ROBINS AIR FORCE BASE -- The 600 job cuts planned at Robins Air Force Base this year could go higher under a new local initiative.
The base announced Wednesday that it would include the 402nd Maintenance Wing in its offers to provide incentives for employees to quit or retire. Maj. Gen. Robert McMahon, commander of the Warner Robins Air Logistics Center, said Thursday the inclusion of the 402nd is a local initiative that is separate from the Air Force-dictated initiative driving the 600 cuts.
Exactly how many more jobs that might include, however, is uncertain. McMahon declined to give even a general idea, saying it depends largely on details of President Obama’s budget, which are expected to be released soon.
The base also is conducting an analysis to determine where jobs can be cut in the maintenance wing, which employs more than 8,000 people and does much of the most visible work at Robins.
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McMahon made the comments in a round-table discussion with local media Thursday.
The Air Force is offering about $25,000 for employees to retire or quit if they are not retirement eligible.
“The bottom line with both of these efforts, that I want to underscore, is that our goal is to voluntarily allow folks to leave civil service as opposed to having to go through some mandated reduction in force,” McMahon said.
In an initial round of buyouts that began in November, 238 applications were accepted and those employees were off the payroll by the end of the year. The base started a second round of buyouts Monday, and employees now have until Jan. 29 to apply. If accepted, they would leave by April 20.
McMahon hopes to meet the 600 target in the second round. If the number falls short, however, he said discussions would then have to be held with Air Force Materiel Command and the Air Force to determine whether layoffs would be needed. Having a third round of buyouts could also be a possibility, he said.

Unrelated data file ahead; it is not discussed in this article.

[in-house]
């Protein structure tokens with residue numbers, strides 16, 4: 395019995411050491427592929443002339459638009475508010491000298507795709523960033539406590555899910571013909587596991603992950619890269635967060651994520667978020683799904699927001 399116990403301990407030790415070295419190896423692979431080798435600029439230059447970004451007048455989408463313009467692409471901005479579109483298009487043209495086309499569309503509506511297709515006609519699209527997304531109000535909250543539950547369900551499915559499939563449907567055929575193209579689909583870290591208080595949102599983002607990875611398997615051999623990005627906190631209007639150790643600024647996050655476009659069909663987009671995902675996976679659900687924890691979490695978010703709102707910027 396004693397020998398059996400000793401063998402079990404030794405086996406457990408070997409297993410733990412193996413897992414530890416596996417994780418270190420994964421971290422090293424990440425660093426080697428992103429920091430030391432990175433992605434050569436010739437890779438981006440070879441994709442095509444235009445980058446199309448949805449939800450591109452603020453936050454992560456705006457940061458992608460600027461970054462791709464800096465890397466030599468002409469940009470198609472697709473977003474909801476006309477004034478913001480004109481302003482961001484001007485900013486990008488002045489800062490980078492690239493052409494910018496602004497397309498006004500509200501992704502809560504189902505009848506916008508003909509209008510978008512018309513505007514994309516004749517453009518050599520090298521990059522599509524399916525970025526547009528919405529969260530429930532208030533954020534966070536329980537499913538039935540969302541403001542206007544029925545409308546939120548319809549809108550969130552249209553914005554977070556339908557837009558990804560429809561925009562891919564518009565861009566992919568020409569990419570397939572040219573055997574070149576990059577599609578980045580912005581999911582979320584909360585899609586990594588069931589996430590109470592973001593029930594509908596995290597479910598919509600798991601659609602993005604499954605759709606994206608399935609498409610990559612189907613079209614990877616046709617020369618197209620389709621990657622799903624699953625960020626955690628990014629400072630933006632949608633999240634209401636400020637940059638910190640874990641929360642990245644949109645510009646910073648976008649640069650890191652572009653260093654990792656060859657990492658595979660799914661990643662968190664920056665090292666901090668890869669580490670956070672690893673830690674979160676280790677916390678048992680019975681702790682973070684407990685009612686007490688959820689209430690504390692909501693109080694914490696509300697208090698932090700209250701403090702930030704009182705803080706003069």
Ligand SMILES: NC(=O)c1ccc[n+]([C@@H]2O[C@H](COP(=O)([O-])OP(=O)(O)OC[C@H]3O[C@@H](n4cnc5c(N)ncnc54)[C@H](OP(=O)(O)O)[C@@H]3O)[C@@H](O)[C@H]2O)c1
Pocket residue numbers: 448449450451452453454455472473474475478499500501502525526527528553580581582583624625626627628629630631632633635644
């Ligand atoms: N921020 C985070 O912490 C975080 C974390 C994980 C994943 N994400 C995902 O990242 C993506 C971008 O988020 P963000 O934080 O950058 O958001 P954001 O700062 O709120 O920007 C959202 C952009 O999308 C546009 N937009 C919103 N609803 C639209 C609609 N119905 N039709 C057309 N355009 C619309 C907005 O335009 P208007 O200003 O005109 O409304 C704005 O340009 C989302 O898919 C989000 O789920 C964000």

So far, the buyout effort may be having little impact on the midstate economy. Of the 238 people who separated in the first round, all but two of those were retiring, according to Max Wyche, the base personnel director. McMahon pointed out the retirees would still be drawing a check and contributing to the economy.
He also stated the 85 new jobs to be created at Robins as the result of the sale of F-15s to Saudi Arabia will be filled within a year. In one respect, he said, it does not impact the buyouts because it falls under separate funding. But he said some people in positions that can be eliminated under the cost-cutting effort, but do not want to retire, may be able to move to the F-15 Saudi jobs if their expertise fits.
The 600 job cuts is the result of an overall effort by the Air Force to reduce its civilian work force by 16,500. While the Air Force is requiring Robins to reduce 452 authorized positions -- some of which are vacant -- base officials have set the goal of reducing the payroll by 600 to meet budget targets. McMahon said he expects a high number of people to apply for the buyouts in the second round because it will be more inclusive than the first round, which was targeted more to particular areas.
To contact writer Wayne Crenshaw, call 256-9725.